non-existent. . . . I do not find in our public opinion, official or private,
any comprehension of the true nature of the problem. Our reactions
seem to me to be impulsive and emotional, wholly lacking either that
intellectual content or that idealism which alone would justify the risks
which would be involved. . . .
"The goal of our policy seems to be to regain the power to make over
again the same mistakes." We should not go into war to "repress a
revolt which the policies of the democratic powers have made inevitable,
and which a continuance of those policies will make recurrent".
Senator Burton K. Wheeler foresaw: "If the U. S. gets into another
world war, we will come out . . . with an absolute loss of democracy.
" France and England . . . having refused to make concessions to what
was then a democratic Germany . . . now say, 'We want you to save us
again'. There will be terrific propaganda in the United States of America to get us into that war. It isn't a fight between dictators and democracies over there at all. It is an economic fight, a fight over trade
opportunities. It isn't our fight. I am not so worried about the loss of
our exports as I am about the loss of our sanity." August, 1939.
As if to justify this, Presidents Seymour and Conant sounded off at the
opening of the academic year 1939-40 on the note morality and religion (cf
Bul #16), which was taken up in academic centers of less prestige and soon was
chorused up and down the land. It was as if the program outlined by Rogerson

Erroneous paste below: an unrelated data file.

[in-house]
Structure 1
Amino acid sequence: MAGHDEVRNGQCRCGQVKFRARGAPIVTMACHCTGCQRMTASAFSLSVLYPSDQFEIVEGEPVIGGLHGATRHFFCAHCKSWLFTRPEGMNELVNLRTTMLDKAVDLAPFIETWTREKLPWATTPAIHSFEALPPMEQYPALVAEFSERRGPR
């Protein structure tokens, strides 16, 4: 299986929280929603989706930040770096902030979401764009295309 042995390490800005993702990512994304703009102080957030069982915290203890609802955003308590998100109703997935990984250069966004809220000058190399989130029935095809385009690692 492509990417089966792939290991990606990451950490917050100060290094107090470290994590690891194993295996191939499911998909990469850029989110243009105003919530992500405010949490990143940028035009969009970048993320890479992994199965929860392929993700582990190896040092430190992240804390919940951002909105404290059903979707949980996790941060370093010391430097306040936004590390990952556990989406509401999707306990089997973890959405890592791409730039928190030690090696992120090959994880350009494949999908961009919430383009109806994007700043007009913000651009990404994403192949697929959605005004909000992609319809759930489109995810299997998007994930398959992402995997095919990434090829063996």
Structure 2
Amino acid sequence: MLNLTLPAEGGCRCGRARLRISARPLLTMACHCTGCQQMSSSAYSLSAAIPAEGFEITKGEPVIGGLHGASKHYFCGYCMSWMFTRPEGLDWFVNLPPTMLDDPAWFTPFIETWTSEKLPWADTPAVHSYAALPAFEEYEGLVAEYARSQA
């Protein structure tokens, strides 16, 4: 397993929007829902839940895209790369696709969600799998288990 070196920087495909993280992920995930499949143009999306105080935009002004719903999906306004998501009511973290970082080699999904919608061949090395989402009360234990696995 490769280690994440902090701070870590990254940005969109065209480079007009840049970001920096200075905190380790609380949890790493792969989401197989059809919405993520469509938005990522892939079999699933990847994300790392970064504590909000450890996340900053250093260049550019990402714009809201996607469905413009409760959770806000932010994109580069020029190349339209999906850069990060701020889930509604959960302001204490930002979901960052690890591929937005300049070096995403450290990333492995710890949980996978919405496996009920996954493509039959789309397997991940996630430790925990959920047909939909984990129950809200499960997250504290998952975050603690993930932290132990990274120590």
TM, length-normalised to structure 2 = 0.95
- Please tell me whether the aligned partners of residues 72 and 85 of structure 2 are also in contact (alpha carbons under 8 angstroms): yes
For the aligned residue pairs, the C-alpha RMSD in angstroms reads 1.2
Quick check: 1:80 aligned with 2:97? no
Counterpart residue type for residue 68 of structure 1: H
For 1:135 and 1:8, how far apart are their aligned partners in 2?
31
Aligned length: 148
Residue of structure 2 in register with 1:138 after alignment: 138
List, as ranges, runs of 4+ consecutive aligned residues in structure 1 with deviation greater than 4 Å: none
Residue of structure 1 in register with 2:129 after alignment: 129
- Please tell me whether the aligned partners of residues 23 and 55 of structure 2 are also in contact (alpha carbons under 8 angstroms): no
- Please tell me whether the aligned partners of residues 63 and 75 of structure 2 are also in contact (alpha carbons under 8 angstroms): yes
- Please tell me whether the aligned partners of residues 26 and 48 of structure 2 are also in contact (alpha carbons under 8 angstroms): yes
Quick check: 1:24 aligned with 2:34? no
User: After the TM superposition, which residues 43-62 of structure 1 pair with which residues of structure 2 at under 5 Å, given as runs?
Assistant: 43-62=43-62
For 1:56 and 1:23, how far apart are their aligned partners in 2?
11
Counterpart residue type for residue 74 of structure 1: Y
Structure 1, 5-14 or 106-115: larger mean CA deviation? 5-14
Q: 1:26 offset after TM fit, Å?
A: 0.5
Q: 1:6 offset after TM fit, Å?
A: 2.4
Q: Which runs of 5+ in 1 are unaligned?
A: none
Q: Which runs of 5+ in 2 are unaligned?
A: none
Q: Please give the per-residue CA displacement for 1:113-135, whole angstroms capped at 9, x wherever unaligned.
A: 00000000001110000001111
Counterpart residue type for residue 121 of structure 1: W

was being guided by some central agency. The alumni, led by the most prosperous with Wall Street or Washington-Whitehall connections, came rapidly.
It took more time for the faculty to realize how their trustees and foundation
directors stood and to learn which side their bread was buttered on, but by the
fall of 1940 they were worked up to a proper moralistic state of hysterical hate.
By mid-winter the undergraduates were coming rapidly, but some of them were
still only half-baked.
The propagandist must always accent ideologies. It's the evil in other men
coming out on the surface that he combats. He does it for their good. We don't
hate the Germans until we get a little scared that we can't lick them. At first
it is only their vicious beliefs, later their gangster leaders, finally it's every blessed
Hun whom we would exterminate. The sequence is always the same. It's the
reverse of how our theories, ideologies, philosophies of democracy or morality
or whatnot are formed. Man behaves in certain ways. We observe the acts of
others. We are envious, jealous, or don't approve. We formulate codes. Soon